State Roundup: Exchange Details; N.Y. Same-Sex Lawsuit
A selection of health policy stories from New York, California, Arizona and Florida, among others.
The Associated Press/ABC News: Budget Turnarounds: Some States Socking Cash Away
States starting to turn the corner on their Great Recession budget woes are taking the cautious approach, socking away millions of dollars in rainy day funds rather than restoring spending for education, health care and social services. At least 21 states, including Arizona, Michigan and Ohio, are putting parts of their surpluses into reserves. ... They also cite still-tepid economic growth, potential costs that could flow to the states under the federal health care overhaul's Medicaid expansion and the possibility that federal deficit-reduction efforts will force states to shoulder more costs (Davenport, 6/19).
California Healthline: Details Of Exchange Begin To Emerge
California Health Benefit Exchange Board members yesterday heard presentations on a number of topics including stakeholder opinions on qualified health plans, potential exchange users' opinions on what they need from the exchange and possibilities for creating call centers. All of those discussions seemed to lead to the same two things: cost and service (Gorn, 6/20).
Related, earlier KHN story: California Bullish On Health Exchange—No Matter What (Bartolone, 6/15)
The Associated Press: NY Marriage Act Lawsuit Seeks Health Care Benefits
A New York hospital worker and her spouse have filed a lawsuit saying spousal health benefits were denied to the same-sex couple (6/20).
The New York Times: Employee Sues For Benefits To Cover Same-Sex Spouse
Since same-sex marriage became legal in New York last July, most companies in the state have extended spousal health benefits to same-sex couples. But self-insured employers, which include St. Joseph’s [hospital] and other large institutions, are primarily governed by federal, not state regulations. As a result, they may deny health coverage to same-sex couples under the federal Defense of Marriage Act (Otterman, 6/19).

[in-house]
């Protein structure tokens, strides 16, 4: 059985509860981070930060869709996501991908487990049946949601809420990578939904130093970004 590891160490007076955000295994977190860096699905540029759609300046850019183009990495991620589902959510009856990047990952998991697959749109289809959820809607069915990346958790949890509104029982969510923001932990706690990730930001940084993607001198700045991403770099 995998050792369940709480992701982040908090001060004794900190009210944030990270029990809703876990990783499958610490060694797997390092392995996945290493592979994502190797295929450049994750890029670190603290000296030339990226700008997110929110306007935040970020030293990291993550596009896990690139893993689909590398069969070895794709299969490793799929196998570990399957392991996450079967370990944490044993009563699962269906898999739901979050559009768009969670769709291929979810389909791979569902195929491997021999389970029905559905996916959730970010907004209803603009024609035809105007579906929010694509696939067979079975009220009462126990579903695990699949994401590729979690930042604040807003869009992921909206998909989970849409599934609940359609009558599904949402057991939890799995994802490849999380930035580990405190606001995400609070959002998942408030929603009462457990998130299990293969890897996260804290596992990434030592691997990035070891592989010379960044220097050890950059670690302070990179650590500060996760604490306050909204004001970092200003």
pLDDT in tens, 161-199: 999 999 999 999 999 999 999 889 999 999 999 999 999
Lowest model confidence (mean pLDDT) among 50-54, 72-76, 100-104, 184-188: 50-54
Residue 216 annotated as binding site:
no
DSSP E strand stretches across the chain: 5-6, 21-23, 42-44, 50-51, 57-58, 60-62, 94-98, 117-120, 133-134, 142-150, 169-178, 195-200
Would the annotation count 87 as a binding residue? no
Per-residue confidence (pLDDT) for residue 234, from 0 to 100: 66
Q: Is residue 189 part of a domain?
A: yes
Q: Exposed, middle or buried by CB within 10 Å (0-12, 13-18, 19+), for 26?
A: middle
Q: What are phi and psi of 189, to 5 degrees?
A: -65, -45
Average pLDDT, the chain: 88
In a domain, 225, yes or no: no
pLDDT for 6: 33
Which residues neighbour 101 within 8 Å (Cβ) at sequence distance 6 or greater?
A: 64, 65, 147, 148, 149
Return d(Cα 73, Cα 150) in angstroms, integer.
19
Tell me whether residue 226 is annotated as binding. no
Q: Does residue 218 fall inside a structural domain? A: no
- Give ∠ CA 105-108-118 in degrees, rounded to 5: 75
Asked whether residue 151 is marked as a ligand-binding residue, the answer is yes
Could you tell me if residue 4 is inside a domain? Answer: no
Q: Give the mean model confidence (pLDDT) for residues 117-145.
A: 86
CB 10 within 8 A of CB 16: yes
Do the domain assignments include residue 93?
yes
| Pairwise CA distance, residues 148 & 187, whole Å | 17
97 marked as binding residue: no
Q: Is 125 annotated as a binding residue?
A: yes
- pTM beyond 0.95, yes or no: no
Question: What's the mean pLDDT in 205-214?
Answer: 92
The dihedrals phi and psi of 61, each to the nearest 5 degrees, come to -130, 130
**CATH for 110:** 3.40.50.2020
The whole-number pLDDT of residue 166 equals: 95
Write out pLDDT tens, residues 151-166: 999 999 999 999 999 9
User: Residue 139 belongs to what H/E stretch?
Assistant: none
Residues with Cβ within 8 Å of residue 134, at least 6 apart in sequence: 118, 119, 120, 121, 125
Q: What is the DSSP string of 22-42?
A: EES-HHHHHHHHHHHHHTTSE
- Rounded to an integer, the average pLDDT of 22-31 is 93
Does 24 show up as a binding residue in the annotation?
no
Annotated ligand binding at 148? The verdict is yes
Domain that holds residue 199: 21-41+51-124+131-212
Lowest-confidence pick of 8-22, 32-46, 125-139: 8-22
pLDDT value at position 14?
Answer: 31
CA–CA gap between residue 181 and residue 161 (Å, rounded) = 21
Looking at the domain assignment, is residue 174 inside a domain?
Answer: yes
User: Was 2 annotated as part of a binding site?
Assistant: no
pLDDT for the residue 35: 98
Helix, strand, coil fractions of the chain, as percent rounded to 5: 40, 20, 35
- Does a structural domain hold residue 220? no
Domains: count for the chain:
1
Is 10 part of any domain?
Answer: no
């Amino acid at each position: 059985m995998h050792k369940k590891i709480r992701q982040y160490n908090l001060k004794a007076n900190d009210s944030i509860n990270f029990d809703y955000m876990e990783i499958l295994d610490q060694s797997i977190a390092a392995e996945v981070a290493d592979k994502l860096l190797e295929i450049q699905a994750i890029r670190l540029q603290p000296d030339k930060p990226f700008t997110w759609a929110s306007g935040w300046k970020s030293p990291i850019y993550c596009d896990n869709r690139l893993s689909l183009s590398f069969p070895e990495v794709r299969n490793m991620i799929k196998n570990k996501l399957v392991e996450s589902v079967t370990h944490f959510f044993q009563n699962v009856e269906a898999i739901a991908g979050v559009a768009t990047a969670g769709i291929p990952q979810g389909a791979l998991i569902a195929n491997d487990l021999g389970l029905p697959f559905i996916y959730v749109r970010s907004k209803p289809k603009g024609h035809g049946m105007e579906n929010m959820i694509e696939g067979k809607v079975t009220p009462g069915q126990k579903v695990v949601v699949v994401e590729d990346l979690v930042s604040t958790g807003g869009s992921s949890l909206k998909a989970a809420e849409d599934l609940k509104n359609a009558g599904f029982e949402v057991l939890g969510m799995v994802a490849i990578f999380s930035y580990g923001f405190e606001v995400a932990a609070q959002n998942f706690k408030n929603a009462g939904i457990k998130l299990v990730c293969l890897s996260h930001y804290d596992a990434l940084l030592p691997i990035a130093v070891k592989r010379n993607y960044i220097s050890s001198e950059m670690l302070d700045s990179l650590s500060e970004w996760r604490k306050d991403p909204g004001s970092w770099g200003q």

Arizona Republic: Arizona Midwives Want Regulations Overhauled
Arizona midwives, their clients and officials want to overhaul regulations and update best practices for the state's licensed midwives. Right now, Arizona women who have had a Caesarean section or are expecting twins can't give birth at home with a midwife. And women hoping to become licensed midwives must first plod through a years-long state process of training and testing (Rau, 6/19).
Modern Healthcare: Calif. Hospital Awarded Nearly $21 Million In Dispute With Sutter
An arbitrator has awarded the publicly owned Marin General Hospital in Greenbrae, Calif., a net award of $20.9 million after sorting through a blizzard of post-breakup litigation with the hospital's former parent system, Sutter Health (Carlson, 6/19).
Health News Florida: UM Wins $4M Innovation Award
University of Miami and six collaborators have won a $4.1-million, three-year Health Care Innovation Award to improve care to children with chronic illnesses, the Department of Health and Human Services announced. UM and other winning projects aim to do three difficult things simultaneously: improve the quality of care, cut costs and train a new cadre of health-care workers (6/19).